You may have heard of the benefits of occasional fasting. Fasting has been considered a healthful practice for centuries. It may not be something that you intentionally practice. But did you realize that you do some fasting regularly? When you sleep, you are not eating! To gain noticeable benefit from this fasting period, it needs to be long enough for your body to exhaust the “easy calories” and start accessing its reserves. Fasting may be difficult when you feel pangs of hunger through the day, but if you sleep much of your fasting time, fasting becomes quite easy — with a little practice.
Different versions of intermittent fasting have become popular for weight loss and general health. The American Medical Association tested “alternate-day fasting”, where participants ate only 25% of their usual calories one day, then 125% the other. This study showed weight loss similar to those who just cut calories every day, but the study drop-out rate was 38%. This was a helpful but difficult form of fasting. Let’s look at an easier option.
When you eat, food breaks down into sugars that your body then uses for energy. Insulin drives and controls this process. If you eat from the moment that you arise to bedtime, insulin has been active much of that time because your pancreas frequently secretes it to drive the sugar to the cells and bring the blood sugar level back into proper range. Excess sugar is stored in body fat, because your body tries to use the sugar and it tries desperately to keep the blood sugar level correct.
When your sugar levels drop too low, your pancreas secretes glucagon instead. This hormone is the opposite of insulin, driving the blood sugar levels back up, and this should happen when you are not getting your supply of sugars from food. The alternation of hormones provides “homeostasis”, which means that you have a relatively constant supply of energy all the time.
If you are spending the majority of your 24 hours of the day producing insulin, you are overusing that hormone. Continued overburdening of this metabolic pathway leads to a reduction of its effectiveness. Your body senses that the insulin is not succeeding in lowering your blood sugar to safe levels, and produces even more insulin to compensate. This works until your cells are even more resistant to the insulin, and eventually you reach the point where your pancreas can’t produce enough to keep up, or it burns out from the effort. At that point, you have diabetes.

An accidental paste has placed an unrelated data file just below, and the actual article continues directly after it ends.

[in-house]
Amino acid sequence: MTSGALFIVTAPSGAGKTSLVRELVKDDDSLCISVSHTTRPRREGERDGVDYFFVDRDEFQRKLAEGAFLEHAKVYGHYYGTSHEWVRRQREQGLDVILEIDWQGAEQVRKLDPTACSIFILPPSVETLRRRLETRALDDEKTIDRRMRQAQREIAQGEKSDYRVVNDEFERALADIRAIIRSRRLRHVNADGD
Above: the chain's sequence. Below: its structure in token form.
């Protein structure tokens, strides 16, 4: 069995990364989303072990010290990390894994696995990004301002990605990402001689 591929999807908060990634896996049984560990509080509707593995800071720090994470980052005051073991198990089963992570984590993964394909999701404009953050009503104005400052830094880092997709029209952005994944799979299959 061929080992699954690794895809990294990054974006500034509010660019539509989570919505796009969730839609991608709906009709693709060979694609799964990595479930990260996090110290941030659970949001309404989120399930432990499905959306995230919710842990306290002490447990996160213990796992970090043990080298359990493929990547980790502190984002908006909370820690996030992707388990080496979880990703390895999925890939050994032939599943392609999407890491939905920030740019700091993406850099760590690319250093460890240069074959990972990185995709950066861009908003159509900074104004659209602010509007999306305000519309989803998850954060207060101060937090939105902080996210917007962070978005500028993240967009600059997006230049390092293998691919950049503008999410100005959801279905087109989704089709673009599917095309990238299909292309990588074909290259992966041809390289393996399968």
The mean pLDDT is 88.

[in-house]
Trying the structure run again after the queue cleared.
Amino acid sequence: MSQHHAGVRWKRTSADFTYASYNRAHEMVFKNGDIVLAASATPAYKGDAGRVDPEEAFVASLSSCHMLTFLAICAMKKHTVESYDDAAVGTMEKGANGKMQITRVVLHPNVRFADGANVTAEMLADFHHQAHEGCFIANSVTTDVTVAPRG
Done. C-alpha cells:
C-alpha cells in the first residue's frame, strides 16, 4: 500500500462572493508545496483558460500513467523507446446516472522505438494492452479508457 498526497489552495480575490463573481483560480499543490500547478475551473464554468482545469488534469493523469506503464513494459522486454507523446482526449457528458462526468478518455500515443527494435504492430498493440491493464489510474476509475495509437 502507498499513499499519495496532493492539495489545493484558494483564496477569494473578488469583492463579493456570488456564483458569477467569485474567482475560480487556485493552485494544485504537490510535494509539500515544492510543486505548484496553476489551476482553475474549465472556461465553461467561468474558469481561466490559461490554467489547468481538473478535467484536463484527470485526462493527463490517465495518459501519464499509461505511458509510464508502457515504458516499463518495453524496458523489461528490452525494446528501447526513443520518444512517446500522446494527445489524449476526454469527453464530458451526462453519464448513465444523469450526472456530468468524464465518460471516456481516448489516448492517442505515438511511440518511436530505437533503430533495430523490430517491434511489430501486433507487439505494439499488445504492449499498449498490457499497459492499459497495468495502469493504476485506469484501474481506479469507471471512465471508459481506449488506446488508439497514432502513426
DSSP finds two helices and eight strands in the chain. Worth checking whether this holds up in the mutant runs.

Switching over to the glucagon pathway gives your body a rest from the insulin. That switch is vital to restoring insulin effectiveness and resting the pancreas, just as rest is a vital part of exercise to rebuild muscle.
Your body naturally cycles between these two pathways daily.
Fasting Made Easy
When you eat a good meal, you should not feel hungry for a few hours. Take advantage of that time, and add it to the period you sleep, to come up with a longer window of time that you are fasting. Then don’t rush to eat in the morning. Push those borders out and get used to them, and you can regularly achieve a 14-hour fast. Your body adjusts as you practice. Halting your food intake completely after dinner at 5 or 6 PM, combined with a perfect 9.5 hours of sleep would easily get you there. This is called the “10-hour window”. Easing into this window and making it habitual makes this rather easy to do. Some may use an 8-hour window for even greater results.
Now, there are times you should not push fasting. If you are pregnant for instance, or have certain illnesses, this may not be for you in this season. But most people will benefit from the 10-hour window form of intermittent fasting.
The University of Alabama studied a group of overweight people, divided into two groups. One group ate only over an 8-hour window, while the other group ate during a 12-hour window. Only the eating period was restricted, not the amount that they ate for the day. The 8-hour group had much lower insulin levels, improved insulin sensitivity, and lower blood pressure after five weeks compared to the 12-hour group. And the 8-hour group’s appetite was reduced: without starving, they simply didn’t want as much food. The Salk Institute studied the 10-hour window and participants reduced blood pressure and total cholesterol, reducing cardiac risk, plus lowered blood sugar and insulin levels, reducing diabetes risk.
This form of fasting, by reinforcing the daily rhythm, was highly effective and easily maintained. The most natural pattern we have is the daily cycle, and reinforcing it produces major benefits.
Dr. Nemec’s Comments:
Fasting is a natural part of how your body sustains health. So all you have to do to start on a fasting path is first and foremost fast from the standard American diet. Start eating more raw and living plants, vegetables, fruits, seeds, nuts, and stop eating as much bread, pasta, carbs and cooked animal proteins. This becomes denatured in the cooking process and produces inflammation in the body. This is the first fast you should get started on. You can call it a more permanent Daniel fast. From there you can progress to time restriction fasting where you do not eat in between meals, and you never eat after dinner until breakfast. Everyone should be able to do a 12 hour fast every night. The more you rest your insulin secretion, and the more you rest your digestive system, the healthier you will become.